Hyundai Motor union nixes deal

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Hyundai Motor union nixes deal

Members of the Hyundai Motor Group’s union rejected a 2018 wage deal struck by the union leadership and management in a vote Friday, an unexpected turn that will drag the wage issue into the next year for the nation’s top carmaker.

This is the first time since the company’s founding in 1967 that wage negotiations failed to be accepted before a year’s end.

The union said Saturday that 50.2 percent of union workers, or 22,611 who cast ballots Friday, voted “No.” Fourty-eight percent, or 21,707, workers, approved. A majority vote is required. Voter turnout was 88.4 percent.

In the failed deal, the union and management representatives agreed to raise workers’ basic monthly wages by 58,000 won ($53.90) and provide bonuses of 300 percent of basic pay on top of incentives worth 3 million won for next year.

The union attributed the surprise rejection to less-generous benefits in the new deal compared to this year’s. In the 2017 deal, the two sides raised the basic monthly pay by 72,000 won and provided bonuses of 350 percent of basic pay and incentives worth 3.3 million won.

The union, which is part of the hardline Korean Metal Worker’s Union, is expected to face criticism for rejecting the deal at a time of tough business conditions, including poor sales in both the Chinese and American markets.

From January to September, Hyundai posted 3.25 trillion won in net profit, 30 percent down compared to the same period the year before. Global sales dropped to 4.09 million cars for the first 11 months of this year, a 6.1 percent decrease from last year’s 4.85 million.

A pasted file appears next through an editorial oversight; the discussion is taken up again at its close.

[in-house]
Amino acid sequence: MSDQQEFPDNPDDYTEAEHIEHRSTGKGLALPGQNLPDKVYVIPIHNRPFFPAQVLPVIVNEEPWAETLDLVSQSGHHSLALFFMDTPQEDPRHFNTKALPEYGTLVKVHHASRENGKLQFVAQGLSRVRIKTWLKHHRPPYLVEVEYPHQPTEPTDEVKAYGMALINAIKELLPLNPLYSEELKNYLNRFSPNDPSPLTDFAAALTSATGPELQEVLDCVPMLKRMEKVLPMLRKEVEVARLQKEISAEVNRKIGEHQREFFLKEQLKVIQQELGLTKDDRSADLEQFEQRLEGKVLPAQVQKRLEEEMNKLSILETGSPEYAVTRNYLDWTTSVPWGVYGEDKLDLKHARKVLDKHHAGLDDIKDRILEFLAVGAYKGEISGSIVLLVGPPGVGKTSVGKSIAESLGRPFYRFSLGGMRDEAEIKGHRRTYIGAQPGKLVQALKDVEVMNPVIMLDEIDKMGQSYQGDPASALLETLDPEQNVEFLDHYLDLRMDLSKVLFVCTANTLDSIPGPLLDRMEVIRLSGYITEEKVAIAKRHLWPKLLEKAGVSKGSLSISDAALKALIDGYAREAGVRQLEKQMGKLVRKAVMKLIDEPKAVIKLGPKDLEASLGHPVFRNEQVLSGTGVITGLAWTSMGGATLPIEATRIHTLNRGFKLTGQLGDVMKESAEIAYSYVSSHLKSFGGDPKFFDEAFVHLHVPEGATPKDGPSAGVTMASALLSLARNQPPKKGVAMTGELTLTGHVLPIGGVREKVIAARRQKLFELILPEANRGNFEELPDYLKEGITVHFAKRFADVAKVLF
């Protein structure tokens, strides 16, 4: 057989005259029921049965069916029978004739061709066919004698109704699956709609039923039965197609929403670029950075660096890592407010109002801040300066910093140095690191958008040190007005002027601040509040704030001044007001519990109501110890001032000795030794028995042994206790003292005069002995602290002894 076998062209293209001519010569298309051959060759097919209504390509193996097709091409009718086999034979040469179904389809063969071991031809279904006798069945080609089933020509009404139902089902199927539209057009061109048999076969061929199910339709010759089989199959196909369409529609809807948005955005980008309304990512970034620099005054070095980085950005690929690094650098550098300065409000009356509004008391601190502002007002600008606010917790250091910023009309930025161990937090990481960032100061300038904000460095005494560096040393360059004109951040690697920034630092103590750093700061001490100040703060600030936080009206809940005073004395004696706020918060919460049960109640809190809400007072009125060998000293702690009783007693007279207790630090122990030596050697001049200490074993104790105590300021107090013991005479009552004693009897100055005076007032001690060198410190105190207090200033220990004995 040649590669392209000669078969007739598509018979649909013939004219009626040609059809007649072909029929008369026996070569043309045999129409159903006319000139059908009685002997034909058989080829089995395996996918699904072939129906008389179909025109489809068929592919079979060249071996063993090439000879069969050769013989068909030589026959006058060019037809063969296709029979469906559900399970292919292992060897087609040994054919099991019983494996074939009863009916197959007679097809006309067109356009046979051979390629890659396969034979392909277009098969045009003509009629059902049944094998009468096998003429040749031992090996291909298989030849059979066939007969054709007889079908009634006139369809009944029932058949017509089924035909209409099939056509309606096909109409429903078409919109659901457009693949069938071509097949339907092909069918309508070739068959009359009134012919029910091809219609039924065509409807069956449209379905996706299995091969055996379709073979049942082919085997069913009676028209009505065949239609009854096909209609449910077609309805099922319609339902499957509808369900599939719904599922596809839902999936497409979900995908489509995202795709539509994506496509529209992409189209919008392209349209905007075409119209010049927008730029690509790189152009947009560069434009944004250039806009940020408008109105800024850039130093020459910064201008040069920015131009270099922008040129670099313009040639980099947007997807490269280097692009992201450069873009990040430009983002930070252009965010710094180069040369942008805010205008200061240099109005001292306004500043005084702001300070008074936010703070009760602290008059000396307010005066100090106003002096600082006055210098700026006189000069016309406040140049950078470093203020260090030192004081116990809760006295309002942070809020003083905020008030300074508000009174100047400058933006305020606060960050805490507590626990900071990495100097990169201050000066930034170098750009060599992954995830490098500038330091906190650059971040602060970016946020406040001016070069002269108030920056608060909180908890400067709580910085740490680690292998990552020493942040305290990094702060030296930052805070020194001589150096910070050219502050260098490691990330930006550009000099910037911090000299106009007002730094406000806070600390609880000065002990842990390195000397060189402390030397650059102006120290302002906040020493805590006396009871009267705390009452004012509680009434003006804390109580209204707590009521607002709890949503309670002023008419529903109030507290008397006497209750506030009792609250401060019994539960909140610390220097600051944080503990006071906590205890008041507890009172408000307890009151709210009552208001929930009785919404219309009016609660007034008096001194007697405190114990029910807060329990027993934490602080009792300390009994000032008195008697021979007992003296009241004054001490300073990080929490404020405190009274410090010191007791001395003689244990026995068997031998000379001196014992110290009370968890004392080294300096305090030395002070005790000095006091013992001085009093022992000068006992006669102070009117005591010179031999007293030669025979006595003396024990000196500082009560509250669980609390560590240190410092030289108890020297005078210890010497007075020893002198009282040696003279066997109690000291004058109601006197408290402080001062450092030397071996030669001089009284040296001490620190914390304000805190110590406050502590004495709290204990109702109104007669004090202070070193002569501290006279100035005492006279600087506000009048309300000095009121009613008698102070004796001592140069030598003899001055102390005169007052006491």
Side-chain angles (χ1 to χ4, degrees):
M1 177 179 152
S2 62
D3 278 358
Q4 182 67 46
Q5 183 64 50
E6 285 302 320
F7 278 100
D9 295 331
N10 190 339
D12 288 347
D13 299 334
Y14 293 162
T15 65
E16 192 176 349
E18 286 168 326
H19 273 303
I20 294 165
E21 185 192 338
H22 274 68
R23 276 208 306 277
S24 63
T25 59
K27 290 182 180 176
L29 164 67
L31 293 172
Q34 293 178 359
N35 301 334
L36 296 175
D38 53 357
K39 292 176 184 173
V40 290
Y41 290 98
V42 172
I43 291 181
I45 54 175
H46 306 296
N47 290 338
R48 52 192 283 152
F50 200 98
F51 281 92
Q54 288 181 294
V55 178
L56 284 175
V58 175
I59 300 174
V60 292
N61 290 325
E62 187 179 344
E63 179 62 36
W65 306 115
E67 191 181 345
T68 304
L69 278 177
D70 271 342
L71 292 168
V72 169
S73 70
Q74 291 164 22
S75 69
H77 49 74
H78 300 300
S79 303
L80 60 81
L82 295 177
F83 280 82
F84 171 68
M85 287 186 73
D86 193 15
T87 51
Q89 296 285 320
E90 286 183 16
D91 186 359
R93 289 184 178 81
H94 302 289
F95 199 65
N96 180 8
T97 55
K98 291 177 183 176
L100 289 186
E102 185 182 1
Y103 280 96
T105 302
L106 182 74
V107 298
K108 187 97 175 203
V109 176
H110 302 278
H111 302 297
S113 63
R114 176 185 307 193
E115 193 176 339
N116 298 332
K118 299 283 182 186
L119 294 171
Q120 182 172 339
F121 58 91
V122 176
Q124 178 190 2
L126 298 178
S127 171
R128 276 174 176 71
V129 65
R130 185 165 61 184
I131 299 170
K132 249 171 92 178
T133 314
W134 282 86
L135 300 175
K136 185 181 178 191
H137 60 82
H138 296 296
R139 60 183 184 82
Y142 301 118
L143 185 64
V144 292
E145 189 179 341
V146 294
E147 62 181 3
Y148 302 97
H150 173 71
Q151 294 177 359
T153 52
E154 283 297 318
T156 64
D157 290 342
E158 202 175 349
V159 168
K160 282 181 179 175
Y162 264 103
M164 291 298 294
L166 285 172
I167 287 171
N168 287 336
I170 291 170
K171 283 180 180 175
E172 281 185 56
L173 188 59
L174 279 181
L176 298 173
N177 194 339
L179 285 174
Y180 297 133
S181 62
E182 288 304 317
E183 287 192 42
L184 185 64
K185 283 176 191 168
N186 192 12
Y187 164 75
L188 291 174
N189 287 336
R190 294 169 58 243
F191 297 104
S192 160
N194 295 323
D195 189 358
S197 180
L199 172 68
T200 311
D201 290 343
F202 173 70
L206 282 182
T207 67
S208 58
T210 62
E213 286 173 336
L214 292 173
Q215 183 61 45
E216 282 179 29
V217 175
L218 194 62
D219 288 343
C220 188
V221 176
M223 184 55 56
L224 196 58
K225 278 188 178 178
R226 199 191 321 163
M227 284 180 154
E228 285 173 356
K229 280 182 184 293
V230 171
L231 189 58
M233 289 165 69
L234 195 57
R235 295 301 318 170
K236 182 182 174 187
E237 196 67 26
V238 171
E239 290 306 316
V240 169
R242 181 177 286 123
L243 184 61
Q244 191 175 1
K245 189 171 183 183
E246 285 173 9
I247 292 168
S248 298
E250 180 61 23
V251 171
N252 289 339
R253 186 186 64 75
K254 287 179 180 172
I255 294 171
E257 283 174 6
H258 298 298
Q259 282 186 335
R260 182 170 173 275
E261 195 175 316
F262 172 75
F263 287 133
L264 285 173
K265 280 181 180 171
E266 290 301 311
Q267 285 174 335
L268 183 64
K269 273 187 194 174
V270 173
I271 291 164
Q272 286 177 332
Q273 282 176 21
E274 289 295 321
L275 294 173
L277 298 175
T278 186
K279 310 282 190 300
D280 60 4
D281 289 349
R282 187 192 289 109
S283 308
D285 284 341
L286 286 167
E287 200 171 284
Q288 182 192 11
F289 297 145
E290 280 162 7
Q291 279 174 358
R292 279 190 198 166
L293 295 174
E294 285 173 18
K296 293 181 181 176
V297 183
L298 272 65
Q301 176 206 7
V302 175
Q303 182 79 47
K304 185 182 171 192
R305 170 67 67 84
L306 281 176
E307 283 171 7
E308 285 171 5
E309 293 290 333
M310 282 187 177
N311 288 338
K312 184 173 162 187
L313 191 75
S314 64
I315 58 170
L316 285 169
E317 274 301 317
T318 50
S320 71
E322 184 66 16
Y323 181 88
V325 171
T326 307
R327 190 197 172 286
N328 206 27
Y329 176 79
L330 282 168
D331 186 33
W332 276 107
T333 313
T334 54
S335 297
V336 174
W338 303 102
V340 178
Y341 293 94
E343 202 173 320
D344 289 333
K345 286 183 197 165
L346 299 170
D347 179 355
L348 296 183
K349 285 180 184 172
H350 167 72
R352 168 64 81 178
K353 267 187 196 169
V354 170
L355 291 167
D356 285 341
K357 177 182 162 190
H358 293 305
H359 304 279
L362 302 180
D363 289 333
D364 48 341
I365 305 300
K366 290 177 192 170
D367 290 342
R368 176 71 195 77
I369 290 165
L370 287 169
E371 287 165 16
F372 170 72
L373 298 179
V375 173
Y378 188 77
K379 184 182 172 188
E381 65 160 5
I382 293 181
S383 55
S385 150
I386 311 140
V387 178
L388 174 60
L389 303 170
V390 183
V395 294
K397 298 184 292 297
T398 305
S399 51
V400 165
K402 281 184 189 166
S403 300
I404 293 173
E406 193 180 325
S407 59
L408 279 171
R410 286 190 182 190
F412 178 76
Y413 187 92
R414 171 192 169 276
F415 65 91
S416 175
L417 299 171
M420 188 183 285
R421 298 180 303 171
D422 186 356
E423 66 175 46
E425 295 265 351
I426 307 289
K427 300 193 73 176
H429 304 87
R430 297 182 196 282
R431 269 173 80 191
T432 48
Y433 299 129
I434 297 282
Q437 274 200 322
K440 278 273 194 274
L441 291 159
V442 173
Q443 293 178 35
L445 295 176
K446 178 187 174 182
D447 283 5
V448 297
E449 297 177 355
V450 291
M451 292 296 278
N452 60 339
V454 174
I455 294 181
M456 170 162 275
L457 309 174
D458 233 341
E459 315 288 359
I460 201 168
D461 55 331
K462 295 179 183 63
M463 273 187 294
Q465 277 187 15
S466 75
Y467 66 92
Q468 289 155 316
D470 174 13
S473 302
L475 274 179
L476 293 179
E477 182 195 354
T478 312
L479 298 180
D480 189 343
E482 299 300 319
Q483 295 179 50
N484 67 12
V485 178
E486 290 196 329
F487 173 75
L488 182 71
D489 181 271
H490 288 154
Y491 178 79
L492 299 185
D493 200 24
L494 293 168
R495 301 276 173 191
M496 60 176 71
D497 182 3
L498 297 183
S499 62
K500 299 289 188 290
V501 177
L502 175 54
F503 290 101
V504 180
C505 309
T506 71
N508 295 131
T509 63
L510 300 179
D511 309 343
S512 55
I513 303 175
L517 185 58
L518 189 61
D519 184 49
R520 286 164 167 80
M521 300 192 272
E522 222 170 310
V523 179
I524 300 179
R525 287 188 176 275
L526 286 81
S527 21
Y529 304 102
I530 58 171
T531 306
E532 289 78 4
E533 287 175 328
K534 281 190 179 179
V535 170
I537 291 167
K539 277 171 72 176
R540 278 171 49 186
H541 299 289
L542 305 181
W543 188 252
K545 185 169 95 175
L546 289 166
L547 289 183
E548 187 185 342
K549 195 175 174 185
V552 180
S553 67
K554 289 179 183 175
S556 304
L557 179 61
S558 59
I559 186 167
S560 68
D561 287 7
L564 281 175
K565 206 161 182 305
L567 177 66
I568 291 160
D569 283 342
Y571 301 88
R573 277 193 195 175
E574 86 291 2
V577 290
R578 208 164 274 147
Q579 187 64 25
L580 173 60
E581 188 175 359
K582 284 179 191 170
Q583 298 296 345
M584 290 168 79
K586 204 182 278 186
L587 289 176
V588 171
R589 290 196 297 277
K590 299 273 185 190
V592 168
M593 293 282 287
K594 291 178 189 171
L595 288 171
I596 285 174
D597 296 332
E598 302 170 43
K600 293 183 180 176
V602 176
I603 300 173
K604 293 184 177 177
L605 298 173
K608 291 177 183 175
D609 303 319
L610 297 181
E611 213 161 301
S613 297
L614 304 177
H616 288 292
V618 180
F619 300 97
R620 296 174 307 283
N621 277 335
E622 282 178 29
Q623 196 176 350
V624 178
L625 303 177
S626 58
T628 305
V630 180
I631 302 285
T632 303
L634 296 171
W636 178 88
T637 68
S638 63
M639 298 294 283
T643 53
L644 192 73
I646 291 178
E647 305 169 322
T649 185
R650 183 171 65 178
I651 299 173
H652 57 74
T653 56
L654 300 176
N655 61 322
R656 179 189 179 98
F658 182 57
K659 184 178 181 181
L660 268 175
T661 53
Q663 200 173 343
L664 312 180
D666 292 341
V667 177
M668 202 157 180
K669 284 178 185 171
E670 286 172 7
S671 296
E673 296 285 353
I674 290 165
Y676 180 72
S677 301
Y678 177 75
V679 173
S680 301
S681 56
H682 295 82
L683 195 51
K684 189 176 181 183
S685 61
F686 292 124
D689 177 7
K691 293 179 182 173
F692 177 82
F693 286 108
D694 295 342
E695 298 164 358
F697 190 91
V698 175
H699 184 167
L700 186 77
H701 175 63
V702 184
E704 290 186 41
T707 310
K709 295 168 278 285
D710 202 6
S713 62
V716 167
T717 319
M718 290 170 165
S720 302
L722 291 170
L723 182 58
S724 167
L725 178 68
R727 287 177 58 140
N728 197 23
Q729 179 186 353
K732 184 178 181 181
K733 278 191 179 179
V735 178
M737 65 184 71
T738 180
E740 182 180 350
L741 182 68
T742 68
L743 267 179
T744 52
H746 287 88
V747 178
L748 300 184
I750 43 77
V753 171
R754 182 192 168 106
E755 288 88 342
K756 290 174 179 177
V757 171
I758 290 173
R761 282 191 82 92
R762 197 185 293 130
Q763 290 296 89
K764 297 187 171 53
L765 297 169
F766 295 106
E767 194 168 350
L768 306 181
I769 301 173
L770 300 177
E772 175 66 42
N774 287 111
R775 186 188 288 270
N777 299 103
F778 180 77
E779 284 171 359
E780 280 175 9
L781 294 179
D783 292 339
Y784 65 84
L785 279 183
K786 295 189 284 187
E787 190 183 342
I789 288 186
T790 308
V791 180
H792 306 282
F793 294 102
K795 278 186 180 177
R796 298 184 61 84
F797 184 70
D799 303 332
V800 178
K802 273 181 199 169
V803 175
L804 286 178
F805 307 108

It wasn’t the first time the union rejected a wage deal. It voted against one agreement in 2008. In August 2016, union members struck down a tentative deal for 2017 that called for a 68,000 won hike in basic pay. They then carried out strikes. Two months later, the union accepted a deal that included a 72,000 won increase in basic pay.

The union will hold a meeting Tuesday to discuss next moves, which entail three options. The first is to immediately restart negotiations with management to produce a new deal and have it voted on by union members. The second is to continue partial walkouts to gain an upper hand in wage talks. With this year’s walkouts, Hyundai Motor has experienced strikes every year since 1986 except for four: 1994, 2009, 2010 and 2011.

The third option is to wait until February for negotiations since the union will elect new representatives in January.

A Hyundai official told the JoongAng Ilbo that the company did its best to find middle ground with the union amidst tough business conditions. “We expect the union to solve this issue wisely as the tentative deal was reached by the union’s leadership members,” said the official.

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